When to See a Specialist for Heel Pain

When to See a Specialist for Heel Pain

Heel pain might come and go. Because it can come from so many different causes, it can be tricky to know if you’re dealing with something that will heal on its own or if you need treatment. 

In most cases, you can wait a week to see if it improves. If your heel pain seems to be sticking around, though, it’s probably time to talk to a podiatrist about it. 

We’re here at Greater Pittsburgh Foot & Ankle Center  to help with any discomfort you’ve been feeling. As a heel pain specialist, William T. DeCarbo, DPM, FACFAS, can evaluate what’s going on with your heel, diagnose your condition, and give you the treatment you need to get relief, all from our office in Wexford, Pennsylvania. 

Signs you should see a doctor right away

In many cases, you can wait at home to see if your heel will heal on its own. That said, you should make an appointment as soon as possible if:

  • You’re unable to point your foot downward or upward
  • You have heel pain right after an injury
  • Your heel noticeable swells and your pain is severe
  • You have tingling or numbness in your heel
  • The pain persists even when you have no weight on the affected foot


Because all of these could indicate a serious issue with your heel, they warrant immediate medical attention. 

How to monitor heel pain at home

When you first notice pain in your heel, assuming the above conditions don’t apply, you can keep an eye on it to see if it improves on its own.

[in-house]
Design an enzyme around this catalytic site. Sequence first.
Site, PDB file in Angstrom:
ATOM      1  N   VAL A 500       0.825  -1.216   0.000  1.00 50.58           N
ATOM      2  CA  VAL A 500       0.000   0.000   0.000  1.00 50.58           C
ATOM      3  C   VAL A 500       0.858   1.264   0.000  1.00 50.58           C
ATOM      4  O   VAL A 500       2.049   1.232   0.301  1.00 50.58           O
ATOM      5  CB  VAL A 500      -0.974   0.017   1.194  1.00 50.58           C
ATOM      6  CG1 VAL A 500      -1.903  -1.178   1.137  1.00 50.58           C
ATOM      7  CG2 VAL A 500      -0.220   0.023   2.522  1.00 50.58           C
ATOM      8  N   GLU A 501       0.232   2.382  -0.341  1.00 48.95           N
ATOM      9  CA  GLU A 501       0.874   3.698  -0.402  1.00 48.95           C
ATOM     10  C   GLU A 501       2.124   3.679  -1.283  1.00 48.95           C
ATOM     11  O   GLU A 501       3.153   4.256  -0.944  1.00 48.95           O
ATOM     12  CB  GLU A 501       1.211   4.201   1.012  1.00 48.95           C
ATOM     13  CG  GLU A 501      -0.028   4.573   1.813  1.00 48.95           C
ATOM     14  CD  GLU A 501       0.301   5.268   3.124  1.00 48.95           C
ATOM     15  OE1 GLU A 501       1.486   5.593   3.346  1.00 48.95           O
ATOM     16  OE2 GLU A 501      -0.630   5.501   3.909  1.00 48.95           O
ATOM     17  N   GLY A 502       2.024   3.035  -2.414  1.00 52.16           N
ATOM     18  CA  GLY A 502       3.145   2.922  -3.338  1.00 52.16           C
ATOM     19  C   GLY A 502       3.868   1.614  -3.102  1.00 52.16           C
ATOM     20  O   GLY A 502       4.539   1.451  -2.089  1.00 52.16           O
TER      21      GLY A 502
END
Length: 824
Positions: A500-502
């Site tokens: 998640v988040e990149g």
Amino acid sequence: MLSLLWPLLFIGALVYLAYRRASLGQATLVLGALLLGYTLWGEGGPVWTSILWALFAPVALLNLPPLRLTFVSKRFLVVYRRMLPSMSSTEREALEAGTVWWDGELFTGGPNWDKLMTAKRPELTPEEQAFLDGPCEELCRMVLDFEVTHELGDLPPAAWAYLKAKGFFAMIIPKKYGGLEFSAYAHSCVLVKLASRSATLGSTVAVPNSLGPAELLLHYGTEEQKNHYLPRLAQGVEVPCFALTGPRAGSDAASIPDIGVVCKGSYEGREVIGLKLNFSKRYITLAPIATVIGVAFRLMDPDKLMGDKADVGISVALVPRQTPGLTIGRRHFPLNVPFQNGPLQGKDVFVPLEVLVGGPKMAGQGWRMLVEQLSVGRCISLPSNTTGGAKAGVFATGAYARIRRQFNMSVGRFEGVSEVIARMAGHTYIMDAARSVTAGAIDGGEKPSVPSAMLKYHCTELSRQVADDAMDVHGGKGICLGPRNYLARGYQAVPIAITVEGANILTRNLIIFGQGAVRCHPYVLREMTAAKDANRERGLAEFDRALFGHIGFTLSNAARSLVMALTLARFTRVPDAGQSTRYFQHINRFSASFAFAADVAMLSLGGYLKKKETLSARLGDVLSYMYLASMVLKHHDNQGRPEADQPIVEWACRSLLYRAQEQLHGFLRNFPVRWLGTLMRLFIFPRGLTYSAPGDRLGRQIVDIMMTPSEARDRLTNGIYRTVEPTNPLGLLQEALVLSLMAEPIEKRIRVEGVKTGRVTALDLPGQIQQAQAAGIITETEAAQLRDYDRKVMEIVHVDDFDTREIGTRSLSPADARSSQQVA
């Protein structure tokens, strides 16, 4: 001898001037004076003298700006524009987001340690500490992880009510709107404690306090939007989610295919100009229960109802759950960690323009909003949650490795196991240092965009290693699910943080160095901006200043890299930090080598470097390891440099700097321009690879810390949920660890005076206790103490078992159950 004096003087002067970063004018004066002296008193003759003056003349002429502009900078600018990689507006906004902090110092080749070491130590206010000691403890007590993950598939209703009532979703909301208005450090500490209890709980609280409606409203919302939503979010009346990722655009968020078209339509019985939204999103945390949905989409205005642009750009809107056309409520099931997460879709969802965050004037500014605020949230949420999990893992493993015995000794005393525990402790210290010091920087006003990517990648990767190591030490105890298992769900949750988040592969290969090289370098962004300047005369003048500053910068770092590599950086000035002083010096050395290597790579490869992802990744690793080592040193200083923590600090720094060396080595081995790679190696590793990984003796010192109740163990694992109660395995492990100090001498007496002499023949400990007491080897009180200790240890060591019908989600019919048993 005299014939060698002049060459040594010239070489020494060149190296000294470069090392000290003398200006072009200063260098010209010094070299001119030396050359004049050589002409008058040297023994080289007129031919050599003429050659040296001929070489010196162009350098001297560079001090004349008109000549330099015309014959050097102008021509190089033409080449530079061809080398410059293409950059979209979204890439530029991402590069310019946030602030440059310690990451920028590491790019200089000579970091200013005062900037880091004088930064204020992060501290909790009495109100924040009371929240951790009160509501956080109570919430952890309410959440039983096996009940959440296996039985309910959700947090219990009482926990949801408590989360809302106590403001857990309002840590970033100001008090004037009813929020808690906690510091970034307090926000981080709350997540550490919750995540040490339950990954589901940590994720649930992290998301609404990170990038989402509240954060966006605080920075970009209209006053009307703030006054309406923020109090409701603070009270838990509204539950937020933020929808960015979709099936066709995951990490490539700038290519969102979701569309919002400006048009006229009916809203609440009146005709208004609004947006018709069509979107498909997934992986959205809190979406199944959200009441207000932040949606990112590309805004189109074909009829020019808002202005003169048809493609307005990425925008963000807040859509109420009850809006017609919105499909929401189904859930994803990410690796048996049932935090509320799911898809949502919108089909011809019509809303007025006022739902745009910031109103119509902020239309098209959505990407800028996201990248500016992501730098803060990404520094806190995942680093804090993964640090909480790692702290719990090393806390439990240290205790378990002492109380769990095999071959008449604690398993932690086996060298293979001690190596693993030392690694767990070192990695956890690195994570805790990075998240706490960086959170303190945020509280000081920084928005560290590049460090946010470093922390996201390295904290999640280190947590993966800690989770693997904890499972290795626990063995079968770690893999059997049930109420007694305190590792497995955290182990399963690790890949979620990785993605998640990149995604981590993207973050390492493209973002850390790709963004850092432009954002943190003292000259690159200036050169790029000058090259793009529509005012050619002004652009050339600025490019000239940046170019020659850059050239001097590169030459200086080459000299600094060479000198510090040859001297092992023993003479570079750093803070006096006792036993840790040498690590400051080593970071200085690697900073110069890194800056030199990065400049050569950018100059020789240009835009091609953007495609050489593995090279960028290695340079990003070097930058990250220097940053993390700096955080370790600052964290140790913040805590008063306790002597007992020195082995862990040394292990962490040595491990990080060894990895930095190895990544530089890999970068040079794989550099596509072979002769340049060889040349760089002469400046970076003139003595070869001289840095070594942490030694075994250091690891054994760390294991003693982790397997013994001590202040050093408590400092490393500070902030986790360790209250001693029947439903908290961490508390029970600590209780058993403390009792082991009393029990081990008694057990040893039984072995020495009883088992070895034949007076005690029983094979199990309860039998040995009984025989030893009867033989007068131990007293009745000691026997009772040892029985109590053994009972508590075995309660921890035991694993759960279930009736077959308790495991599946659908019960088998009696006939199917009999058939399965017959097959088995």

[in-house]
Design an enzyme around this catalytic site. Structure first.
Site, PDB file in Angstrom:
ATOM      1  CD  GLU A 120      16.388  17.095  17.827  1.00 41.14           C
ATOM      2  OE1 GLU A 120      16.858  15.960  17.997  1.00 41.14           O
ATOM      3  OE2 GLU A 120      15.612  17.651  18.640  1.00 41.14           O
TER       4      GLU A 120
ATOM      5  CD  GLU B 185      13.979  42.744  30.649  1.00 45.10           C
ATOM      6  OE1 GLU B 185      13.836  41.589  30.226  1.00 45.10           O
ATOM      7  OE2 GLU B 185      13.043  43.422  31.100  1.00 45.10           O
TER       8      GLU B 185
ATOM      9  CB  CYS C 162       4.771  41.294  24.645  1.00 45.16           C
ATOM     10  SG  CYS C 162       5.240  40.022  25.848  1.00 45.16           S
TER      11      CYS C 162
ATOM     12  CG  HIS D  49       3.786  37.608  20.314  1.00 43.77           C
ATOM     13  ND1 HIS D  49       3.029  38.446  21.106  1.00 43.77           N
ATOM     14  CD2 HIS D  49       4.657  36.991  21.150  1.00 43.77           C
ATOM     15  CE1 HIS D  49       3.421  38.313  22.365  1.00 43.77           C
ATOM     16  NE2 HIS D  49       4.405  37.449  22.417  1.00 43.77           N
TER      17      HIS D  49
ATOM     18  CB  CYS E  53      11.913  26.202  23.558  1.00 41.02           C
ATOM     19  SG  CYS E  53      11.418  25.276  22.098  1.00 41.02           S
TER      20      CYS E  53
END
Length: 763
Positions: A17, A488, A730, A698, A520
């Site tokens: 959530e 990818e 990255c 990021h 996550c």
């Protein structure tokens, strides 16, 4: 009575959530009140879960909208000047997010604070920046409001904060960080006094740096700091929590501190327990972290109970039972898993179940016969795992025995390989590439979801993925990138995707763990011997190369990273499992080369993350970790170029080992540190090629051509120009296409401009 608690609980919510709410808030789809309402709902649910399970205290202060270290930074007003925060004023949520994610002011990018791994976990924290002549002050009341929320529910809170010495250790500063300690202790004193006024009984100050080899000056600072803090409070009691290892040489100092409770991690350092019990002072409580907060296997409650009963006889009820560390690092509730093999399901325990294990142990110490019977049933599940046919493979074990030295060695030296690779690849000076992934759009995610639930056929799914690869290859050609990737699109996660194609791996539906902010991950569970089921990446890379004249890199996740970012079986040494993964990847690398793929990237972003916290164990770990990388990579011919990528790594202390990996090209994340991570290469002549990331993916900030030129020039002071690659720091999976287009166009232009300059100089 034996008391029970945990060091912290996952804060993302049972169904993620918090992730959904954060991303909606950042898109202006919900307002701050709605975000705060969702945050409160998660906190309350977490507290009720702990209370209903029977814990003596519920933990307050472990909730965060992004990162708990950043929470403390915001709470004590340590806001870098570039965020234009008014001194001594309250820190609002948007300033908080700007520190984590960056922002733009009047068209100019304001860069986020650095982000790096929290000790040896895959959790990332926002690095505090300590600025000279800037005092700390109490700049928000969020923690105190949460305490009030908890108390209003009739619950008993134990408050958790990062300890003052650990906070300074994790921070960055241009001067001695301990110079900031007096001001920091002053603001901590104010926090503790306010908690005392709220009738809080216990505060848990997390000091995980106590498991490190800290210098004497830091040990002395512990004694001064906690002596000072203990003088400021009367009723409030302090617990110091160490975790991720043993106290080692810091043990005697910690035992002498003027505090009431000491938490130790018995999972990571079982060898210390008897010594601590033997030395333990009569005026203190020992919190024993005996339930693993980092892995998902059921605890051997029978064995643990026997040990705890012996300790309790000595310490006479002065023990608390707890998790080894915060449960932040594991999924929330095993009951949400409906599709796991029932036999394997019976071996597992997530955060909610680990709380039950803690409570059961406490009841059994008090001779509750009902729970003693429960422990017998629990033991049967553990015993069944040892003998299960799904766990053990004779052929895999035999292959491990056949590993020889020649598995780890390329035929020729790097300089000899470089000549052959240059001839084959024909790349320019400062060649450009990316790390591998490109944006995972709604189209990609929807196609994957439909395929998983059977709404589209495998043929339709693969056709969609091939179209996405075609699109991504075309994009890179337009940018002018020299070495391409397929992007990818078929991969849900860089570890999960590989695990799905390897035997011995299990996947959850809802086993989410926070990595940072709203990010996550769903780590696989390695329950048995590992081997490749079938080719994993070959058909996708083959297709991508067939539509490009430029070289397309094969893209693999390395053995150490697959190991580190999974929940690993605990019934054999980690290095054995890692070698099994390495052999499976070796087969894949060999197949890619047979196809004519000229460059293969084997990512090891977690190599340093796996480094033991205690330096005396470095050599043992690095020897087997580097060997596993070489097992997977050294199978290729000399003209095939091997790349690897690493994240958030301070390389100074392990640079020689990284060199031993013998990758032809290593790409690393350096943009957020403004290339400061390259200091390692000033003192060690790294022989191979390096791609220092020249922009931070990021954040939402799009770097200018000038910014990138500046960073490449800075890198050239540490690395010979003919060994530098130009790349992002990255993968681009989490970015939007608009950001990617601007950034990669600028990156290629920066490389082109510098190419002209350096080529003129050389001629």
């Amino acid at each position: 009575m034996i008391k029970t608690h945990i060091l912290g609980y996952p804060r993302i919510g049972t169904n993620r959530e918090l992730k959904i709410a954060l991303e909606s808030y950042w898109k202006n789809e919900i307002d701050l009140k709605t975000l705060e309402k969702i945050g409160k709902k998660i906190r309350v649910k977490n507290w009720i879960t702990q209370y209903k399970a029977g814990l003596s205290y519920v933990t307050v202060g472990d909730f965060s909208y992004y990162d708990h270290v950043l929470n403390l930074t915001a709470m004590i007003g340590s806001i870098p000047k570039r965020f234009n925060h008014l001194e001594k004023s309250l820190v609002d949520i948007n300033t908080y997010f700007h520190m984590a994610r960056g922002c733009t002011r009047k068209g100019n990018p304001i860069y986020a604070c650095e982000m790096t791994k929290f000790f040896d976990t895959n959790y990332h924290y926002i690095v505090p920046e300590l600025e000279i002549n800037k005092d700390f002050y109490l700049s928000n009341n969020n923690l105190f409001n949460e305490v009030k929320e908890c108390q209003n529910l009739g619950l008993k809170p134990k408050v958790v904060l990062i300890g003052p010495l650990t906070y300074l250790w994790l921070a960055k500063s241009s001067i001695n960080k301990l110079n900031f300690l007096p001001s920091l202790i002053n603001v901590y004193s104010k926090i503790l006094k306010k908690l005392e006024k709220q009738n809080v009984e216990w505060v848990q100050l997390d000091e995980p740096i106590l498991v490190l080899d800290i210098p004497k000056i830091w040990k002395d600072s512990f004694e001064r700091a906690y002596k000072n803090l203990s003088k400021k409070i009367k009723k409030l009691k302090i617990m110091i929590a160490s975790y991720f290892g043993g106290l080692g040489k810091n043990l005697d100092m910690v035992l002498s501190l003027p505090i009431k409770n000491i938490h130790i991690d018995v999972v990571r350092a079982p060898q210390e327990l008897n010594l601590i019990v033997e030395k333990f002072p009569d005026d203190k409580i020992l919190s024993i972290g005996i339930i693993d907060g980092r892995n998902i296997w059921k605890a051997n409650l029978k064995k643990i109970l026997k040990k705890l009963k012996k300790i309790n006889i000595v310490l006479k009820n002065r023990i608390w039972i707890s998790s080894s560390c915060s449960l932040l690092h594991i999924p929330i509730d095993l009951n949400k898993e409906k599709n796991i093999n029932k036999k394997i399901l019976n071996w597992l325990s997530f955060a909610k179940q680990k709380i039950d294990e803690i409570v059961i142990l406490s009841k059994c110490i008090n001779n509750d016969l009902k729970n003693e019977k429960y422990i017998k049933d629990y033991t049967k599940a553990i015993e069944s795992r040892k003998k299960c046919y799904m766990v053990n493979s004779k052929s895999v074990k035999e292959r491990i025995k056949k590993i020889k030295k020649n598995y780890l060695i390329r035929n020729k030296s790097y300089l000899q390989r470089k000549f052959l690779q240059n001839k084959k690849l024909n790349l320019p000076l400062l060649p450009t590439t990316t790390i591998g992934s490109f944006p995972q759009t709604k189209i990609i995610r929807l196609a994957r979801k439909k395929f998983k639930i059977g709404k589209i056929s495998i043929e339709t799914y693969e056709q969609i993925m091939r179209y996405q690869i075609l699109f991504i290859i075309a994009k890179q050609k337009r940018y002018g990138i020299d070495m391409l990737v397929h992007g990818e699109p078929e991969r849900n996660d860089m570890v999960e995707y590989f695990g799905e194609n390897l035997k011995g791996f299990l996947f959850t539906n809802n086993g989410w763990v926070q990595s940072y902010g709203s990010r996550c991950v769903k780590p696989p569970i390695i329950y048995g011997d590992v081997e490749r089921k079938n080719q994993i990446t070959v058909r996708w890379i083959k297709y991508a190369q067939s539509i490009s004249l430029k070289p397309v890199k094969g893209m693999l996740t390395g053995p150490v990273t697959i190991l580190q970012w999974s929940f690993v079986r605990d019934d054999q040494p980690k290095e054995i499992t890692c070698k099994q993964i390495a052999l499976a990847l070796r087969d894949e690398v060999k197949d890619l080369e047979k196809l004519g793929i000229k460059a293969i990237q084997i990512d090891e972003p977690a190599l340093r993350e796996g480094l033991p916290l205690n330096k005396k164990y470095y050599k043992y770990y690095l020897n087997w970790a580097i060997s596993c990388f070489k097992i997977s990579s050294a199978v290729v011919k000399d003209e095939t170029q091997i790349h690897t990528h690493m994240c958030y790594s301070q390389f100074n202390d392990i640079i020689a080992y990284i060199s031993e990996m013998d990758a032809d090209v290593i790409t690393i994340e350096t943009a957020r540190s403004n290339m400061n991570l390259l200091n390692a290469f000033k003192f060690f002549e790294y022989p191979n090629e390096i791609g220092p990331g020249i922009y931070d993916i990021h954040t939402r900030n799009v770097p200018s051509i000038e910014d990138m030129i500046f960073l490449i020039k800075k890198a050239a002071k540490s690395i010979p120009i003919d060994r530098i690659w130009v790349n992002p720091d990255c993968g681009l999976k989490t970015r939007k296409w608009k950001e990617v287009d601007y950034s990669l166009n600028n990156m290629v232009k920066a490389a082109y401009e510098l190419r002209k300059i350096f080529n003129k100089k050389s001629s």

Make arrangements to stay off the heel as much as possible. The RICE protocol — rest, ice, compression, and elevation — can all help with the issue. If a tendon in your heel is inflamed, for example, these at-home treatments can all ease the swelling. Many sources of heel pain — like Achilles tendinitis and plantar fasciitis — stem from inflammation. 

Keep an eye on your pain level. If it will heal on its own, it should improve gradually. By the end of your first week of at-home care, you should have less pain than you began with. 

If your heel pain doesn’t seem to be improving even with ample rest, schedule an appointment with Dr. DeCarbo. 

Getting relief from your heel pain

When you visit our office, Dr. DeCarbo evaluates your heel and asks you about any symptoms you’re experiencing. In some cases, he may use additional diagnostic tools, like an X-ray, to find out what’s going on. 

Once Dr. DeCarbo identifies the cause of your heel pain, he tailors treatment to you. That might include:

  • Anti-inflammatory medication
  • Corticosteroid injections
  • Custom orthotics 
  • Physical therapy
  • Stretches
  • Taping

If your heel pain isn’t improving or you have signs of a serious heel issue, call our office or book your appointment online as soon as possible.